Forcing Bucharest “Out of Business”. How Romania Has (Not) Taken Advantage of the Regional Changes

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Christian RUSSU
Over the last year and a half, Romania, in spite of expectations, failed to use the opportunity to realize its own regional ambitions and to secure the exclusive role of Moldova’s guide into the EU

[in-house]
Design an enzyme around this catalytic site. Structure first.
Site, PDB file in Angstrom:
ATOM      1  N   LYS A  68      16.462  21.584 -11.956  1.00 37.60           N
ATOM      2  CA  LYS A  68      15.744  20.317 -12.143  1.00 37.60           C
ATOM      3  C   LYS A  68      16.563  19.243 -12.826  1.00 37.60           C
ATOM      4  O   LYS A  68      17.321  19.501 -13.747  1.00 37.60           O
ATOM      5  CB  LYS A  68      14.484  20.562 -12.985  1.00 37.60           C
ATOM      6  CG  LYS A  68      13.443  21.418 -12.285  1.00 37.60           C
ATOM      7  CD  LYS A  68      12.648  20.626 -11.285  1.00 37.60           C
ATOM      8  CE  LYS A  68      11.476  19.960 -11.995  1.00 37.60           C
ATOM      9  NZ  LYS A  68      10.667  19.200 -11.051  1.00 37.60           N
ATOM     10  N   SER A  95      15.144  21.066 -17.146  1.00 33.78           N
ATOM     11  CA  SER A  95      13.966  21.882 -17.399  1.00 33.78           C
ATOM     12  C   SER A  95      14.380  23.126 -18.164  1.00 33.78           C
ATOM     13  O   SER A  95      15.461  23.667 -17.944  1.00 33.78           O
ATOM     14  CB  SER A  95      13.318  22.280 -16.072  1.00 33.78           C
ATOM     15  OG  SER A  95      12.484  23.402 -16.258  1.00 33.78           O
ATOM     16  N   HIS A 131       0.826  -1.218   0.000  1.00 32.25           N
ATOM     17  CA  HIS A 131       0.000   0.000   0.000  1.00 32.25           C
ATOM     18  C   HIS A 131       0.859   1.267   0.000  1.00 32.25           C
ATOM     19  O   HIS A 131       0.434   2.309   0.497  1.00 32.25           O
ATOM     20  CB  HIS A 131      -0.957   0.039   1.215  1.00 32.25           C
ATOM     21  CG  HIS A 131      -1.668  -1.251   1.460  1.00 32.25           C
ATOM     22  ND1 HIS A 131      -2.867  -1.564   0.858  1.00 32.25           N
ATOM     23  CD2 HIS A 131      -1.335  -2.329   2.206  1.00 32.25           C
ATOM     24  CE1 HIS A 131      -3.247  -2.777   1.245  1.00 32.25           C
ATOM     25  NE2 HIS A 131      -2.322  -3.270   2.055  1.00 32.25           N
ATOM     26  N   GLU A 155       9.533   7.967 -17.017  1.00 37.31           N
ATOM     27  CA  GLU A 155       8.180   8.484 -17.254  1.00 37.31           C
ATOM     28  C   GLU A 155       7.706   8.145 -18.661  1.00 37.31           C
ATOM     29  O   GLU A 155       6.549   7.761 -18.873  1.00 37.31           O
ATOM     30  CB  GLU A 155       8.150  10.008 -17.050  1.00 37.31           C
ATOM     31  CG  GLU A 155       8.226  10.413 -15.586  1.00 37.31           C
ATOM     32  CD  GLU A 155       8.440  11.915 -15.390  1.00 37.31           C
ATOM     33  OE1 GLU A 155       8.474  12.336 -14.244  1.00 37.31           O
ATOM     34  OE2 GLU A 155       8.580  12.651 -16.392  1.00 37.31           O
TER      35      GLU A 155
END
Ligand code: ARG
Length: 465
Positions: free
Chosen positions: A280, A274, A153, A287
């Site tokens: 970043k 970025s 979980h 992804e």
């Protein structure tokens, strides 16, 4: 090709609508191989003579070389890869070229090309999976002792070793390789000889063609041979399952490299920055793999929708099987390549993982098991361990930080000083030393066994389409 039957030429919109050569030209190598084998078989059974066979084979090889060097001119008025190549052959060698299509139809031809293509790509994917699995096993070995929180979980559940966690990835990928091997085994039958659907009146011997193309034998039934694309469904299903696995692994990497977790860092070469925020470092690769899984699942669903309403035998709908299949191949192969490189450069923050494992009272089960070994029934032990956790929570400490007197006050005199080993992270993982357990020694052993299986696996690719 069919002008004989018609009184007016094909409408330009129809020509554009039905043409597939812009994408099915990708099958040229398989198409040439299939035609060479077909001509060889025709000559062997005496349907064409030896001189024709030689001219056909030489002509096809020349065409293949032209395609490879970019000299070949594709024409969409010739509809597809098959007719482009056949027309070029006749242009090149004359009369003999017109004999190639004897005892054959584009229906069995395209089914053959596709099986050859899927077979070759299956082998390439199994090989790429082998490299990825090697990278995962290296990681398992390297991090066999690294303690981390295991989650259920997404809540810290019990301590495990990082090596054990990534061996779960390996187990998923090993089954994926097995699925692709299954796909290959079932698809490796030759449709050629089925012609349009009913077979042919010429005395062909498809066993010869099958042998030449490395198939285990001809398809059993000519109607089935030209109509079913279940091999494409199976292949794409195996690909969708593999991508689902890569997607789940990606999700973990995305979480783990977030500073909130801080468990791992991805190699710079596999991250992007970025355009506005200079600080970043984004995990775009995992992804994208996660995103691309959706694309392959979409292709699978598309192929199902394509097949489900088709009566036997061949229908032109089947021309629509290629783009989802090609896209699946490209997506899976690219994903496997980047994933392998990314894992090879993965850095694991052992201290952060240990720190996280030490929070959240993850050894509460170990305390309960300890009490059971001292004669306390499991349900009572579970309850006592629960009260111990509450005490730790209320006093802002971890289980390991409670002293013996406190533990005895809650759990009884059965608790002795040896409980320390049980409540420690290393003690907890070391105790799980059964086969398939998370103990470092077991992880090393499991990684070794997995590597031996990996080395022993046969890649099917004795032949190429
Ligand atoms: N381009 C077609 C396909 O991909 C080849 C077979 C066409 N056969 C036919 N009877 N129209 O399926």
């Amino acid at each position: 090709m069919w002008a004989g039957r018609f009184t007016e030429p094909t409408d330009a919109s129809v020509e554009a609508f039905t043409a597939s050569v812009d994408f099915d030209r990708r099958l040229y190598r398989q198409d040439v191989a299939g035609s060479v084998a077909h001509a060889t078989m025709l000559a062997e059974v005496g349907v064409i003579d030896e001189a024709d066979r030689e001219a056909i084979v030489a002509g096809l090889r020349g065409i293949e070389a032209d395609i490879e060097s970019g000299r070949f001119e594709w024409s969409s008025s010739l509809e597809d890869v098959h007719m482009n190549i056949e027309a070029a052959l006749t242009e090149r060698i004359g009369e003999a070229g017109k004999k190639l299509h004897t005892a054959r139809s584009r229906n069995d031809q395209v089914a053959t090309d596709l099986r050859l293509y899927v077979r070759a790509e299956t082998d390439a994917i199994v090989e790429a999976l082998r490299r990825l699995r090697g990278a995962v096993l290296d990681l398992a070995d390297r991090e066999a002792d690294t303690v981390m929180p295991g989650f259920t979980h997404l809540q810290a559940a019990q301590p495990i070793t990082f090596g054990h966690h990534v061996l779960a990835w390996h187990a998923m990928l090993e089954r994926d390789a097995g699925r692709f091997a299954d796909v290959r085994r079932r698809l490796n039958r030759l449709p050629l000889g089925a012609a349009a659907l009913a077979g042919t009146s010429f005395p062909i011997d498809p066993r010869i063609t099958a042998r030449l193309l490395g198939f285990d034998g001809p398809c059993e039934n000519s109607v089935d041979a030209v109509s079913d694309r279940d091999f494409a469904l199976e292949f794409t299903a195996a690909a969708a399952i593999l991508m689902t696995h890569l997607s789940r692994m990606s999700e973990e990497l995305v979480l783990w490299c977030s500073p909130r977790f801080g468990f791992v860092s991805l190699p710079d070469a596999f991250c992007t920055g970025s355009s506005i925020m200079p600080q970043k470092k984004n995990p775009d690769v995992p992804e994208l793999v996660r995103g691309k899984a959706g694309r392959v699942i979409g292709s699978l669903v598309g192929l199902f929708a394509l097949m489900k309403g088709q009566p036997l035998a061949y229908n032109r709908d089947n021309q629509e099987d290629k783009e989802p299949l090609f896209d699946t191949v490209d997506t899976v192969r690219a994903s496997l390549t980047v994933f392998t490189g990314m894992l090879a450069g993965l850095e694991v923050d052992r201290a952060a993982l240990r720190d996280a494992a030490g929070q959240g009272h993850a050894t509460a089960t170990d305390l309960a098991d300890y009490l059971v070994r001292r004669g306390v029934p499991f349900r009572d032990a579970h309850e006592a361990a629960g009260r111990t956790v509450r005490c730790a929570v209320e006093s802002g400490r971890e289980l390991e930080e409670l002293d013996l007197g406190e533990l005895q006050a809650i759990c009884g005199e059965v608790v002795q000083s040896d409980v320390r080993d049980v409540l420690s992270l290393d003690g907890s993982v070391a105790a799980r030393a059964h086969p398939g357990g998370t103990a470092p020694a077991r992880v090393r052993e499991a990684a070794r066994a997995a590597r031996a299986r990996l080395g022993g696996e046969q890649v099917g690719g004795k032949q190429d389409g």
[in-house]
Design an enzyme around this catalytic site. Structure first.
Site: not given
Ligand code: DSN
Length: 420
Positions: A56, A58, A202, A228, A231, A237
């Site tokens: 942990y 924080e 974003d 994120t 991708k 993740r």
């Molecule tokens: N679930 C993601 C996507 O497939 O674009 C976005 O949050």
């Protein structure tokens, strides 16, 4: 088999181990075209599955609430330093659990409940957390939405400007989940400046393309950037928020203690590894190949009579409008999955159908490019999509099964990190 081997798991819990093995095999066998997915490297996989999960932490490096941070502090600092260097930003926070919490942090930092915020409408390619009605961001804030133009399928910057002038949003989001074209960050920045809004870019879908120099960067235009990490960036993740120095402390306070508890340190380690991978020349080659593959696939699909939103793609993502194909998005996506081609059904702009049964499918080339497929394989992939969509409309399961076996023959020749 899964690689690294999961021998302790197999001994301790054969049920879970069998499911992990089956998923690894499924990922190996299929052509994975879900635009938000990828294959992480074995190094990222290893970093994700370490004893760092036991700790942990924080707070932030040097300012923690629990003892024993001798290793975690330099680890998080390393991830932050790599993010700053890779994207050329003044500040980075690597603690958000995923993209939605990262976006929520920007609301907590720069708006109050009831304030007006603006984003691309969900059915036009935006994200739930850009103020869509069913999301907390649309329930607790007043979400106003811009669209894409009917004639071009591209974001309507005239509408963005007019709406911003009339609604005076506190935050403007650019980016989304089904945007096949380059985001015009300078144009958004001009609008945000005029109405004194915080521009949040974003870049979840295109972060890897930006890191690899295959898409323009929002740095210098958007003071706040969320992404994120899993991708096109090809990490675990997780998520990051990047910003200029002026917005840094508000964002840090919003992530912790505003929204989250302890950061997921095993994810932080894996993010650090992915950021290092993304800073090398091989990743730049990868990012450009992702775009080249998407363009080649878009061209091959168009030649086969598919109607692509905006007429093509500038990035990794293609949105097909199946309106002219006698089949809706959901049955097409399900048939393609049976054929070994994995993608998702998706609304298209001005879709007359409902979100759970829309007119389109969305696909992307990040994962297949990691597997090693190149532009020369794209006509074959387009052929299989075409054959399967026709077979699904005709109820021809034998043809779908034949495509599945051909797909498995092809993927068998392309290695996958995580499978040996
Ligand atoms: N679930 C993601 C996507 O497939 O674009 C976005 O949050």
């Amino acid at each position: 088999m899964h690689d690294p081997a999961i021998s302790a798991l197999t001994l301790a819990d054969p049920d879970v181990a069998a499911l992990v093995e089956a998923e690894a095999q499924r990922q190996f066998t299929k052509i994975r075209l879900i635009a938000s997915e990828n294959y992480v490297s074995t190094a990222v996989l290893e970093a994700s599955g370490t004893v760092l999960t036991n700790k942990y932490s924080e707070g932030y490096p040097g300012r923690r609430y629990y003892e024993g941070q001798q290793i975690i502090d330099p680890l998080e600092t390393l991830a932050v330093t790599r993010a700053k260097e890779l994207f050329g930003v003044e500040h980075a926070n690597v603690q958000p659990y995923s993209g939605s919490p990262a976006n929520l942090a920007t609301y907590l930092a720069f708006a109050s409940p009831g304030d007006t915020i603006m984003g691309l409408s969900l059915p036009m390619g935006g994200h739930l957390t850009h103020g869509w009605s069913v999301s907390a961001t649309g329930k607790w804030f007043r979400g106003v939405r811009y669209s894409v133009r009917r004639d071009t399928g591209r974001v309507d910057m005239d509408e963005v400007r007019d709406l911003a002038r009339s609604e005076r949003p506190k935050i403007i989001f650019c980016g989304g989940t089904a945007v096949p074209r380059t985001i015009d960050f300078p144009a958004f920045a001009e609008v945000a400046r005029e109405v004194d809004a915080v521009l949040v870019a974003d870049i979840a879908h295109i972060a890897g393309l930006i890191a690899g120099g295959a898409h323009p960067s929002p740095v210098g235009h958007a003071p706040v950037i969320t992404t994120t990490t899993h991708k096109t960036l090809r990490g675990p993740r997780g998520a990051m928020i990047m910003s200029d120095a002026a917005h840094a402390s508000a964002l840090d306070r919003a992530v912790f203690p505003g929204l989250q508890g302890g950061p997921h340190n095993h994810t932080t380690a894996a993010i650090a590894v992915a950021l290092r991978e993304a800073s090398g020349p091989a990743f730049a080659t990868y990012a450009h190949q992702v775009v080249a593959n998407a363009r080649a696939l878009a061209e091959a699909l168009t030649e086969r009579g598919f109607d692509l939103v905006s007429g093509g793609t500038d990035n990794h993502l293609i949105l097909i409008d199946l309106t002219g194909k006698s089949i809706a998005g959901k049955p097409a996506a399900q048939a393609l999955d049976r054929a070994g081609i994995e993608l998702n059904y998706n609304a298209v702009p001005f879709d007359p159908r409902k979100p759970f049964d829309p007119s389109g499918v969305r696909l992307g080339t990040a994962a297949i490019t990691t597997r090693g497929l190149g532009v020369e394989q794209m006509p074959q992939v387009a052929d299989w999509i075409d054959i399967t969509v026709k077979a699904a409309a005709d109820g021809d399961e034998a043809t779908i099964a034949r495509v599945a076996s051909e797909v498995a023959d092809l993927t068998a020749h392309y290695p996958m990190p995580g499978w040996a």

Until recently, many people considered undeniable the tendency towards Romania’s growing political and economic influence in Moldova. It seemed that Bucharest was not only given the role of the main driving force of the European integration in Moldova, but also the right to implement the expansion of the territory beyond the Prut. Meanwhile, Moldova itself saw an important transition of public discussions about the unirea prospects from romantic to pragmatic. The mass acquisition of Romanian citizenship, constantly growing migration flows with the desire of our citizens to obtain the Romanian level of income and social security created preconditions for the acceptance of the alliance at the grassroots level. The period of COVID restrictions in 2020, when the civil-legal connection with Romania for many Moldovans acquired really vital importance, was quite indicative. Regardless of their status, our citizens with a Romanian passport were guaranteed the right to be vaccinated and took this advantage before these opportunities became available in our country. The experienced politicians in Chisinau took notice of these tendencies among citizens, recognizing that the course of merging the two Romanian states had no alternative. Among others, this was stated by the “godfather” of the ruling party, PLDM chairman Vlad Filat. Bucharest perceived all these things with great enthusiasm and self-confidence, and Moldova was already seen as an “accessible fruit”. The Romanian political elite having no need for extra efforts to achieve the desired result seems to have played a trick in the end. The change in the international environment and the military conflict in the zone of their interests got the Romanian elites caught off guard. Bucharest, unlike Warsaw, failed to formulate its own agenda and develop an offensive strategy both within the military confrontation between Kyiv and Moscow and in closing the “Moldovan issue” over the past year and a half. Preferring to confine to rhetoric in line with its NATO and EU allied commitments, Bucharest allowed to unseat itself from the position of an active regional player, demonstrating either its lack of independence or inability to respond to such complex challenges. We should recall that since the end of February 2022, all important Western actors have actively involved themselves in the Ukrainian and Moldovan issues. In addition to Poland, the United Kingdom, Turkey and France with its project of the European Political Community have significantly expanded their influence. The Brussels bureaucracy has not stood aside. We can say that Ukraine and Moldova have escaped from the backyards of international politics, and now Bucharest’s support is taken for granted, without the previous political and economic curtsies. Of course, someone could argue that over the past 17 months Bucharest has managed to significantly improve its military and political position in the region. However, if this has happened, it has often been in spite of the efforts of the Romanian authorities. Moreover, how proportionate are the gained benefits given the extent of the opened window of opportunity? Let’s take Romania’s role in ensuring energy security of Moldova and southern Ukraine as an example. Undoubtedly, the neighboring country has become the main channel for emergency electricity supplies for some time, but this has happened only due to the Transnistrian power plant. Over the last ten years, the Romanian authorities have not been able to build alternative routes for electricity supplies to the east, although they had planned to do so. Supplies of oil products for the needs of the Ukrainian army were available due to the Russian raw materials and processing capacities in Romania itself. We can also look at Bucharest’s involvement as a logistics hub on the Danube. Diplomatic scandals around the expansion of the Bystroye canal, accusations of inaction in attacks on Ukrainian ports, speculation in an attempt to profit from guiding ships into the riverbed after the termination of the grain deal on the part of Kyiv continue. Romania even made no attempt to speak in favor of Ukraine’s initiative on military escort of cargo ships. And, for instance, the idea to train Ukrainian military personnel in the F-16 aircraft piloting program on Romanian territory mentioned by President Klaus Iohannis as a Romanian one ended in a scandal when it turned out that priority would be given first to training its own military personnel, then - from other allied countries and only then Ukrainian pilots. True, the territory of Romania is used by NATO partners and, above all, by the Americans for military aerial reconnaissance. True, the US military budget for 2023-2024 provides additional funding for the development of a missile defense system based on Deveselu with a modern Aegis SM-3 Block IIA system, and it is planned to modernize the Mikhail Kogalnichanu military base. But this effort is done by the US as part of realizing its interests through NATO. What are Bucharest’s results in the development of military infrastructure except for the 0.5 per cent of GDP increase in military expenditures? The mass media sometimes reveal the facts of disruption of long-term contracts for the supply of new military equipment with the foreign firms. Recently, reports appeared about the withdrawal of the Dutch shipbuilding company Damen Holding BV from the association with Romanian shipyards. The five-year old contract with the French NAVAL Group for the construction of 4 corvettes for the Romanian Navy was cancelled. Plans to procure F-35 Lightning II aircraft four years later remain just as uncertain. The last year’s purchase of 32 F-16 Fighting Falcon fighters in Norway for 450 million euros, on which, as it turned out, there was no one to fly, can be credited as an asset. Because of this, the idea of creating a training base had to be pushed through at the NATO Summit in Vilnius under the guise of concern for Ukraine. Frankly speaking, Romania’s foreign policy activity has recently declined due to personnel changes that resulted from the internal political crisis and the change of government. The charismatic Foreign Minister Bogdan Aurescu was replaced by the inconspicuous and convenient for Brussels Luminica Odobescu, who is unlikely to take a proactive stance on the external arena. Her recent statements that Bucharest is ready to join the G7 declaration on Ukraine’s security guarantees and to ensure the transit of Ukrainian grain confirm the opinion that Romania will strictly follow the decisions of its senior partners without trying to protect its own interests and fulfil its expansionary fancies. Chisinau seems to have realized this too and decided to give preference to a multilateral foreign policy in the western direction to the detriment of Bucharest’s expectations. Moreover, Chisinau is absolutely aware that Moldova is not considered there as a subject of international politics at all, but only as a front line territory in the standoff with Russia.